Courtesy of Michele Bick
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Last summer, CrossFit Spartan Shield—a military affiliate located at Camp Buehring in Kuwait—lost both of its coaches and was on the brink of having to close their doors.
The non-profit affiliate first opened their doors in 2014 and has acted as a temporary home away from home for thousands of military and civilian CrossFit enthusiasts during their nine to 12-month deployment at Camp Buehring.
Because of the transient nature of Camp Buehring, the gym has relied largely on volunteer coaches who have come and gone through the years, but last summer they found themselves in the uncharacteristic position of having zero coaches to service the 8,500 people living at the military camp .
What Happened Next
Michele Bick, a 34-year-old CrossFit athlete and mechanical engineer from Iowa who was on a nine-month civilian deployment in Kuwait, caught wind of the situation and acted quickly.
Bick had just gotten her CrossFit Level 1 certificate three months prior to arriving in the Middle East in May 2021 and saw how important CrossFit Spartan Shield was, both to herself, and to the soldiers living at the camp.
She knew she was capable of coaching group classes, but couldn’t do it on her own, so she recruited a handful of other members, all soldiers, who expressed interest in volunteering as coaches.
The first step, however, was deciding whether or not it was even realistic for these inexperienced coaches to keep the gym alive.
Bick called a meeting and the first thing she said was, “This meeting might be very short, or very long, depending on the answer to the question, ‘Do we want to keep Spartan Shield alive?’”
“How were we going to stay alive as an all volunteer coaching group? What was our coaches’ schedule going to be so we didn’t get burned out? How were we going to continue to recruit new coaches to keep moving forward?,” she explained of the challenges that would lay ahead should they choose to remain open.
“I told my team, ‘This meeting might be very short, or very long, depending on your answer to the question. Do we want to keep Spartan Shield alive?’”
The group, who all had full-time jobs to fulfill, recognized the challenges, but their decision was unanimous and without hesitation: Yes. They were prepared to do what it would take to keep CrossFit Spartan Shield alive.
After that, the other new coaches—BJ Jenney, Erik Skahl, Erika Sandoval, Carin Hanson, Chris Bakeman—all got their Level One certificates online, they divided up the class schedule amongst themselves and kept the gym running as normal.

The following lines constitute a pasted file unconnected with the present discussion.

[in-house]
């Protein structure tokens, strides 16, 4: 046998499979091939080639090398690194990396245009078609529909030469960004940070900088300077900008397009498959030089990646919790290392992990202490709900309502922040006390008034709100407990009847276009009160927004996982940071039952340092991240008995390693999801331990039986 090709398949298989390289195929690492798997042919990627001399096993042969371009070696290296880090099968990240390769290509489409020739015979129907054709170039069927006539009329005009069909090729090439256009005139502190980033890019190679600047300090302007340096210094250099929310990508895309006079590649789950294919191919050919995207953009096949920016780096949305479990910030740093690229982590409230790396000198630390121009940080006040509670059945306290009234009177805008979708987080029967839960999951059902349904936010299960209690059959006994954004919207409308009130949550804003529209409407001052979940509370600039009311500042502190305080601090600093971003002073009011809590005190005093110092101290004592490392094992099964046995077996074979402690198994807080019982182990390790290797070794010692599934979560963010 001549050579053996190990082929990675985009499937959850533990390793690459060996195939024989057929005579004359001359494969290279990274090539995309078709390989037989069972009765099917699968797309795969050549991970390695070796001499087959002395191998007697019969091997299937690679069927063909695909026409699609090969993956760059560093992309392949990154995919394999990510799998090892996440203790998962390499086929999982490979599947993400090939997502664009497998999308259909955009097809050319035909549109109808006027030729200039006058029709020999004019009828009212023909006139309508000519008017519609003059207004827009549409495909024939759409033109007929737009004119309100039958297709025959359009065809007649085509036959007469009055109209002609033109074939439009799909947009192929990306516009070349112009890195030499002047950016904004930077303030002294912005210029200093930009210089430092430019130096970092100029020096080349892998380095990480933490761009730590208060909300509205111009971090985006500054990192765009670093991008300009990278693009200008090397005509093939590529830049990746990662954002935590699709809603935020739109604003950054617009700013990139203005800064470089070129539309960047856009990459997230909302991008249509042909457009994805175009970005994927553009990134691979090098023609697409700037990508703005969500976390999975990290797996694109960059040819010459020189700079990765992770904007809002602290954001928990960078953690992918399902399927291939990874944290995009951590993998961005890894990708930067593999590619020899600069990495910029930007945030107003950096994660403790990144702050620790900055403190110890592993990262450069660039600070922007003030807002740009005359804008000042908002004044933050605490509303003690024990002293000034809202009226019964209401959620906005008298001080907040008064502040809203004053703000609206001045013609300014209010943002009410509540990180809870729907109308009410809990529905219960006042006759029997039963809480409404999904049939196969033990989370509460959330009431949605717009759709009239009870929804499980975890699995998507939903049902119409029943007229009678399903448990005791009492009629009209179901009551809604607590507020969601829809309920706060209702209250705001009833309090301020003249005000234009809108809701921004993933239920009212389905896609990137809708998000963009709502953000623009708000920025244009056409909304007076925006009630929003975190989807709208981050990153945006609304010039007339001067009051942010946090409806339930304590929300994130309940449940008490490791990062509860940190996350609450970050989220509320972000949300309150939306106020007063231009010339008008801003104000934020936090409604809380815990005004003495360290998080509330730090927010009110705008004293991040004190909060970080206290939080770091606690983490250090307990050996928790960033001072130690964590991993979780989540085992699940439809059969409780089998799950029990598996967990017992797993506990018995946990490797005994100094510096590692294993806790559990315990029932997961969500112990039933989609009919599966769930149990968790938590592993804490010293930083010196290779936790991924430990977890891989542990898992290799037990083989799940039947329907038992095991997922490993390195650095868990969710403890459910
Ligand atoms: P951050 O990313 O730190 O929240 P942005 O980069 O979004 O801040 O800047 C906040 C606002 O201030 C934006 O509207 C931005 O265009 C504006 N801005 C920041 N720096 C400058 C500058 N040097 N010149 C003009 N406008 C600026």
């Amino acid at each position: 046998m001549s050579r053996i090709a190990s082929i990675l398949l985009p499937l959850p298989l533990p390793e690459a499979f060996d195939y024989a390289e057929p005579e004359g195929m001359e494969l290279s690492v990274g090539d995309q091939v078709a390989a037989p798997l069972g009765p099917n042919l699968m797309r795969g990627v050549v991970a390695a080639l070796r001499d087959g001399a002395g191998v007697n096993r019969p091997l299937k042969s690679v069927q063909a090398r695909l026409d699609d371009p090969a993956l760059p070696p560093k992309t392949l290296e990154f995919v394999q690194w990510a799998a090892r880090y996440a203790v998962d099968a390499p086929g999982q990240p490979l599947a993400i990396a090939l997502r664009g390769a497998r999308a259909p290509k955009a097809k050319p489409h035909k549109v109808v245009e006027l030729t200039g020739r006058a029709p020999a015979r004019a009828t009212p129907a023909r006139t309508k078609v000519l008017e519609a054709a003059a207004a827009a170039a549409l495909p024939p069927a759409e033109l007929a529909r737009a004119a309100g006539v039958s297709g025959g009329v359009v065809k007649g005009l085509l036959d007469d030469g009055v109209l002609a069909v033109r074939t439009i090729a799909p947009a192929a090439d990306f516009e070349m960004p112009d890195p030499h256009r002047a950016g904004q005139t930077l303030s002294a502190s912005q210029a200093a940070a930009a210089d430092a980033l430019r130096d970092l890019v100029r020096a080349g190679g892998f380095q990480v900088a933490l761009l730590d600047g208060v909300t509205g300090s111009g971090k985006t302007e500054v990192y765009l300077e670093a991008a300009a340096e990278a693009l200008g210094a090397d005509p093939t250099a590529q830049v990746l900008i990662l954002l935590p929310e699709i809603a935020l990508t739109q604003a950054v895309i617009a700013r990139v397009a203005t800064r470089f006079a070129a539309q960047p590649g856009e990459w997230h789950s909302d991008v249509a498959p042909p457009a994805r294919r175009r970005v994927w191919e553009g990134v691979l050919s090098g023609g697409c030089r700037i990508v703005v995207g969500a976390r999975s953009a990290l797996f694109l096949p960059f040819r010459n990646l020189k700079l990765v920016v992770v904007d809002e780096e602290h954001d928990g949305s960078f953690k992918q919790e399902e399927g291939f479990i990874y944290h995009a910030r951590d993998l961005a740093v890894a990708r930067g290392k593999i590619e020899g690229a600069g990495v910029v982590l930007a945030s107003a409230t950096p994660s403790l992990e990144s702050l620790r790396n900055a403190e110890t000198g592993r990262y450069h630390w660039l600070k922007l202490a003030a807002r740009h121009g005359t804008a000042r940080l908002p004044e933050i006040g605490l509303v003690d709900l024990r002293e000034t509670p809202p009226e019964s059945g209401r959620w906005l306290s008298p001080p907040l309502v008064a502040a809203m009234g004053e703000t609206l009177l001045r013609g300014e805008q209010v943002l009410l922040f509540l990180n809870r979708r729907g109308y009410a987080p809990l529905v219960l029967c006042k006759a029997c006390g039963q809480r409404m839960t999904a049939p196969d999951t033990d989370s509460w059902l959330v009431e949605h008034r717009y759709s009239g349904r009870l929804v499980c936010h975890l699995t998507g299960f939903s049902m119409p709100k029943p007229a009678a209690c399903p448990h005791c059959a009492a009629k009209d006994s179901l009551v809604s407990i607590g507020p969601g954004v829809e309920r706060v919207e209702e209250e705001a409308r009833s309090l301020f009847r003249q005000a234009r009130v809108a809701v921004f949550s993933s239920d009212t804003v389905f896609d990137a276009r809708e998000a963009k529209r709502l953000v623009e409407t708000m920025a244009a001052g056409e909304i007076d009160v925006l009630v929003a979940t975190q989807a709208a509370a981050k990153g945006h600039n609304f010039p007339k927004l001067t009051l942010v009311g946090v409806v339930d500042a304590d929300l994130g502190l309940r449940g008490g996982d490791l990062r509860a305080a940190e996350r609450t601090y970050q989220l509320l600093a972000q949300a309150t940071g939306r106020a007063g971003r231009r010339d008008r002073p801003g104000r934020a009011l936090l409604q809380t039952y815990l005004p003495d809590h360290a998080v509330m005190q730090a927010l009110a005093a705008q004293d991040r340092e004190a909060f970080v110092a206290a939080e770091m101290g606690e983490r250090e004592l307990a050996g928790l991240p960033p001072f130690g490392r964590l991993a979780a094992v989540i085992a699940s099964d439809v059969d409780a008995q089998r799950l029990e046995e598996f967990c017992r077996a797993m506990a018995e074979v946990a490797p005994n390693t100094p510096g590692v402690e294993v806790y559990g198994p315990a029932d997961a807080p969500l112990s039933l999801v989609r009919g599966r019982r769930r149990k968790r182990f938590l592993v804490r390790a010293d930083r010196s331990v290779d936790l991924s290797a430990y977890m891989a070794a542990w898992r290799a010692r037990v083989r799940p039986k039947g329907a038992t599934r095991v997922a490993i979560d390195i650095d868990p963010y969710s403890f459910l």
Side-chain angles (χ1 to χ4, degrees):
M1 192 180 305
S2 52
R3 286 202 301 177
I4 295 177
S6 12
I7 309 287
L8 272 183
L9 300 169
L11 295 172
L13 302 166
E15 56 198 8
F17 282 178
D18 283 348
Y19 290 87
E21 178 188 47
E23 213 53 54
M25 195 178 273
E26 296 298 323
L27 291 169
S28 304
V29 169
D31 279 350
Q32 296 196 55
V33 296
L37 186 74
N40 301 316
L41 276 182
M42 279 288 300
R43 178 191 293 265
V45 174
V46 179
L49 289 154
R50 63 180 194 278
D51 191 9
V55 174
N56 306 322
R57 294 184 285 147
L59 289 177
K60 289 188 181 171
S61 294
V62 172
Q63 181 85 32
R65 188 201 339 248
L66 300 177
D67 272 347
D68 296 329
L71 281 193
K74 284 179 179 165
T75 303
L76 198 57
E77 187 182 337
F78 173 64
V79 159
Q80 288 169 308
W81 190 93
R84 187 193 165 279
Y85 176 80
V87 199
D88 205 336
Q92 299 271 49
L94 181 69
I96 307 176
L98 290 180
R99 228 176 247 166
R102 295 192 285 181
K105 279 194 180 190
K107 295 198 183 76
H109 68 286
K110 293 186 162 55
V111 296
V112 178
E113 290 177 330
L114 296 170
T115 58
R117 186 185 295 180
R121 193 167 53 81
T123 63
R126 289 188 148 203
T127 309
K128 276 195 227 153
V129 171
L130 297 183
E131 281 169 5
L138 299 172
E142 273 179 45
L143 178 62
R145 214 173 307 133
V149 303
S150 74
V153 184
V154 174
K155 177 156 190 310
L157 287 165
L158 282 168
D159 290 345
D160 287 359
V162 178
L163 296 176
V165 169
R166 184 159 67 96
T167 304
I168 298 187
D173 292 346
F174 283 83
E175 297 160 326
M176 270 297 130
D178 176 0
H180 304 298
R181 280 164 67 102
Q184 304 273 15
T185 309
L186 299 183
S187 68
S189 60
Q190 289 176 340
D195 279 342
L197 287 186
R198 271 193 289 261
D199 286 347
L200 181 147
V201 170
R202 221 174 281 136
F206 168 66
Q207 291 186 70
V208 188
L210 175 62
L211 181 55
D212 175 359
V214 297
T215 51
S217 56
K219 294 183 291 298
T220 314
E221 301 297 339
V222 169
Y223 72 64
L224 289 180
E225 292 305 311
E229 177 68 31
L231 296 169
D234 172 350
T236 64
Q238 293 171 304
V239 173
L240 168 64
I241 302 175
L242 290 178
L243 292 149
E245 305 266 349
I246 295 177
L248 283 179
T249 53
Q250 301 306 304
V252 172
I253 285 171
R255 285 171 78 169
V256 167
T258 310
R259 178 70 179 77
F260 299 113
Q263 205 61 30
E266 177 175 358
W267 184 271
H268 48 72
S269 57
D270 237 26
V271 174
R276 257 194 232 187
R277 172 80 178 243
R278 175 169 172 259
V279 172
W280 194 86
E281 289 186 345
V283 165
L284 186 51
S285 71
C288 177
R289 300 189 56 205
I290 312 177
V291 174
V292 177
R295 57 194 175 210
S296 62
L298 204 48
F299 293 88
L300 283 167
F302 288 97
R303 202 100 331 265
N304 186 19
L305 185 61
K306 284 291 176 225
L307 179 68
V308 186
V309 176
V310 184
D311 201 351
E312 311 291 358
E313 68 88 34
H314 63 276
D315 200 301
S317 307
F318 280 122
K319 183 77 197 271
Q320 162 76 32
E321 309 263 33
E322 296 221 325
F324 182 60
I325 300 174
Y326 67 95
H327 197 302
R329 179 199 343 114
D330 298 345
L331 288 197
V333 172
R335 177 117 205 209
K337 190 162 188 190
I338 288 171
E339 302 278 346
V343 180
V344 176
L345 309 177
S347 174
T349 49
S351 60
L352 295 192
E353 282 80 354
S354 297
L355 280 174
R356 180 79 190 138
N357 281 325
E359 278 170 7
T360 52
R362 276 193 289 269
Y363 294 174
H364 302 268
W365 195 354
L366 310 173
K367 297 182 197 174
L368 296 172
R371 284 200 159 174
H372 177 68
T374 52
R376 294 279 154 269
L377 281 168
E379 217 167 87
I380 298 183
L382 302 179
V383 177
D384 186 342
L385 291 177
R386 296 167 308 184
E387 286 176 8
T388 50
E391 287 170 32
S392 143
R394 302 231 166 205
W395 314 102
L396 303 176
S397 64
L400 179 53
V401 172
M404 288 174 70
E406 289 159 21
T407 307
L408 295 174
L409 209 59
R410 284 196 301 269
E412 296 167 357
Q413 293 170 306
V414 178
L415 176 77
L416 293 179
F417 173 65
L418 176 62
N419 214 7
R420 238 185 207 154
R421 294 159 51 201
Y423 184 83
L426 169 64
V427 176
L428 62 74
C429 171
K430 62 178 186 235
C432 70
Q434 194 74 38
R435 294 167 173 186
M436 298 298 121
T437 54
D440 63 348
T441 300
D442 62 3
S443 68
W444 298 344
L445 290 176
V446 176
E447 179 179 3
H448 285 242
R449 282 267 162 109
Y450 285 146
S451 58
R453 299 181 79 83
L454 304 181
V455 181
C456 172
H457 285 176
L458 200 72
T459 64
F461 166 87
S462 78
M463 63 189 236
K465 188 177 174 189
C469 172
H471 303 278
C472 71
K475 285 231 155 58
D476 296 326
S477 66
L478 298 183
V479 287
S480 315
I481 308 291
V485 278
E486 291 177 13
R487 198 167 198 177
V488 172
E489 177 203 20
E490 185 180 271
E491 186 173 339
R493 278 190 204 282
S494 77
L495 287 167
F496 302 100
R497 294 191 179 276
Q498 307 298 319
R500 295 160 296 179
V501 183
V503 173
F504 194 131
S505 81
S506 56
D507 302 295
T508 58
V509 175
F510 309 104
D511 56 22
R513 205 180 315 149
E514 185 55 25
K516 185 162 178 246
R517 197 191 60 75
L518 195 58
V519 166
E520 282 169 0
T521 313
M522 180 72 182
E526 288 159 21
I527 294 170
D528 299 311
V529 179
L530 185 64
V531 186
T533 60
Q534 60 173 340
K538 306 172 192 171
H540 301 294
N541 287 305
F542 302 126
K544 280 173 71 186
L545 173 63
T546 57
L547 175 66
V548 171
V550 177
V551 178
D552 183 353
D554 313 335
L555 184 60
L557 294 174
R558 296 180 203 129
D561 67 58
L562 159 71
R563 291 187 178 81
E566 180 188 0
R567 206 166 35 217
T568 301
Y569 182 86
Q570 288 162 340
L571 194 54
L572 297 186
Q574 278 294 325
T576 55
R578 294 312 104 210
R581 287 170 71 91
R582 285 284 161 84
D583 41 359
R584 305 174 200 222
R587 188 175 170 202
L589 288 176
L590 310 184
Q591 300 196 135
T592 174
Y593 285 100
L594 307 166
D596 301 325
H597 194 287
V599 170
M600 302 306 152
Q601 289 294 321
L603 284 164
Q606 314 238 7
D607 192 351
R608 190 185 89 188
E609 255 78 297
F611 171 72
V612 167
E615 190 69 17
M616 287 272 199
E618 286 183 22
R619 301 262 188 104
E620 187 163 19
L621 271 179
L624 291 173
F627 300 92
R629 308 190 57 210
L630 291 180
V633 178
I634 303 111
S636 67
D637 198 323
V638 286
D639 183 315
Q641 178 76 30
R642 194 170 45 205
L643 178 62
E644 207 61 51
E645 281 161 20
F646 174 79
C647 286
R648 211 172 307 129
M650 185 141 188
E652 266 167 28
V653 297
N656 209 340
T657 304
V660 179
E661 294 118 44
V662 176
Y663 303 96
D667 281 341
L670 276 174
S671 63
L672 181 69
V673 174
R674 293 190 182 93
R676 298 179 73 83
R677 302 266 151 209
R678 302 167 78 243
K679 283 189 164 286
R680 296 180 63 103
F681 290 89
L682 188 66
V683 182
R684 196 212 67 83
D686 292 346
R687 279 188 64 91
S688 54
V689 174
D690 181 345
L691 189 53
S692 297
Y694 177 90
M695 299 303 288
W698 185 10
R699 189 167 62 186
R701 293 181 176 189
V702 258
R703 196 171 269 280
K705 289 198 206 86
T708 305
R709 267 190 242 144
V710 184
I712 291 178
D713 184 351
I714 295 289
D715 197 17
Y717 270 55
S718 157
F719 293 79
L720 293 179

Things were going well, but as COVID restrictions got lifted, classes started to attract 30-plus people, which required a second coach in each class. Further, because of the transient nature of their affiliate, Bick knew it wasn’t just enough to have six coaches on board, as most of them would be leaving Kuwait within the year. So she and her team continued to actively recruit more and more coaches.
Their efforts paid off quickly. By the time Bick left Kuwait in January 2022, the CrossFit Spartan Shield coaching team had grown to 11 people, and they had also added Olympic weightlifting classes on the weekend. And today, the CrossFit Spartan Shield team has 12 to 15 coaches at any given time and recently ran their first in-house competition.
More Than a Gym
Although Bick was clearly the protagonist in the movement to save CrossFit Spartan Shield and build a more sustainable coaching team, she is humble to take any of the credit. Instead, Bick credits the soldiers for stepping up to save a gym, a gym that was incredibly difficult for her to leave.
“I loved everything I did for my actual (mechanical engineering) full-time job, but as much as I loved my job, the one and only thing I’m struggling with, that is making me really sad, is leaving this gym. This is what I’m going to miss most,” Bick told her team during her last coaches meeting, a meeting that left her in tears as she passed off the torch to the next generation of coaches.
She added: “It was super hard, but at the same time, without reservation I knew that they were going to be just fine…I had no doubt in my mind they would continue what we established there, as well as take it to the next level.”
Bick knew this because she knows the value of that gym to the people living at the camp.
“When you’re in such an austere environment, you need that kind of safe place, especially for what they’re going through,” she said.
“When you’re so far from home, you need that space to not only have that outlet, but also most importantly that community aspect. You need that other family aspect to be able to actually function in that environment, and function well.”